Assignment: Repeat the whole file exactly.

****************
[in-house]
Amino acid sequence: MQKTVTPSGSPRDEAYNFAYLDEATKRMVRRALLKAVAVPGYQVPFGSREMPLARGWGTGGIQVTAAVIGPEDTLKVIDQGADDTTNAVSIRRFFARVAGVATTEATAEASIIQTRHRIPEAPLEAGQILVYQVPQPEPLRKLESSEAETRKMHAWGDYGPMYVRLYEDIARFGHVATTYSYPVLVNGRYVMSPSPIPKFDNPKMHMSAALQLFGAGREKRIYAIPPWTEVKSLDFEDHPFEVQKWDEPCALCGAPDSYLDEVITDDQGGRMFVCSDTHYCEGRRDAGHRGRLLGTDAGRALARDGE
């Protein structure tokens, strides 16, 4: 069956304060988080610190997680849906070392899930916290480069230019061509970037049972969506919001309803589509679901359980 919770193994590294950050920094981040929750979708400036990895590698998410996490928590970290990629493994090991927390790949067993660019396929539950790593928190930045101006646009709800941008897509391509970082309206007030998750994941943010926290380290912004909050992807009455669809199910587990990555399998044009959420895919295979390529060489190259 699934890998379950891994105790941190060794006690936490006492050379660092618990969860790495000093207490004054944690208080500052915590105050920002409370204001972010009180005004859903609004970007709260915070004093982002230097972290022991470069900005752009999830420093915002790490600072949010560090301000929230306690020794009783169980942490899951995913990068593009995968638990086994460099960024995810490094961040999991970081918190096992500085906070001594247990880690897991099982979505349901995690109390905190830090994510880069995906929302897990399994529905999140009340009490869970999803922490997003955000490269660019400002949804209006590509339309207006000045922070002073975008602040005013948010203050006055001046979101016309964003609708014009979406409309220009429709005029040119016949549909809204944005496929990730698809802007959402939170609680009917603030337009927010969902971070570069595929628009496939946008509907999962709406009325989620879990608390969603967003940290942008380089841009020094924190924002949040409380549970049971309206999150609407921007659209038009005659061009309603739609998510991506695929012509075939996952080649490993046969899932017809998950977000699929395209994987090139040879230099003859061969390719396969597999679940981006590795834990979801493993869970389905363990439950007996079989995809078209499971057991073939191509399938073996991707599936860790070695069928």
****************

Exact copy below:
[in-house]
Amino acid sequence: MQKTVTPSGSPRDEAYNFAYLDEATKRMVRRALLKAVAVPGYQVPFGSREMPLARGWGTGGIQVTAAVIGPEDTLKVIDQGADDTTNAVSIRRFFARVAGVATTEATAEASIIQTRHRIPEAPLEAGQILVYQVPQPEPLRKLESSEAETRKMHAWGDYGPMYVRLYEDIARFGHVATTYSYPVLVNGRYVMSPSPIPKFDNPKMHMSAALQLFGAGREKRIYAIPPWTEVKSLDFEDHPFEVQKWDEPCALCGAPDSYLDEVITDDQGGRMFVCSDTHYCEGRRDAGHRGRLLGTDAGRALARDGE
């Protein structure tokens, strides 16, 4: 069956304060988080610190997680849906070392899930916290480069230019061509970037049972969506919001309803589509679901359980 919770193994590294950050920094981040929750979708400036990895590698998410996490928590970290990629493994090991927390790949067993660019396929539950790593928190930045101006646009709800941008897509391509970082309206007030998750994941943010926290380290912004909050992807009455669809199910587990990555399998044009959420895919295979390529060489190259 699934890998379950891994105790941190060794006690936490006492050379660092618990969860790495000093207490004054944690208080500052915590105050920002409370204001972010009180005004859903609004970007709260915070004093982002230097972290022991470069900005752009999830420093915002790490600072949010560090301000929230306690020794009783169980942490899951995913990068593009995968638990086994460099960024995810490094961040999991970081918190096992500085906070001594247990880690897991099982979505349901995690109390905190830090994510880069995906929302897990399994529905999140009340009490869970999803922490997003955000490269660019400002949804209006590509339309207006000045922070002073975008602040005013948010203050006055001046979101016309964003609708014009979406409309220009429709005029040119016949549909809204944005496929990730698809802007959402939170609680009917603030337009927010969902971070570069595929628009496939946008509907999962709406009325989620879990608390969603967003940290942008380089841009020094924190924002949040409380549970049971309206999150609407921007659209038009005659061009309603739609998510991506695929012509075939996952080649490993046969899932017809998950977000699929395209994987090139040879230099003859061969390719396969597999679940981006590795834990979801493993869970389905363990439950007996079989995809078209499971057991073939191509399938073996991707599936860790070695069928």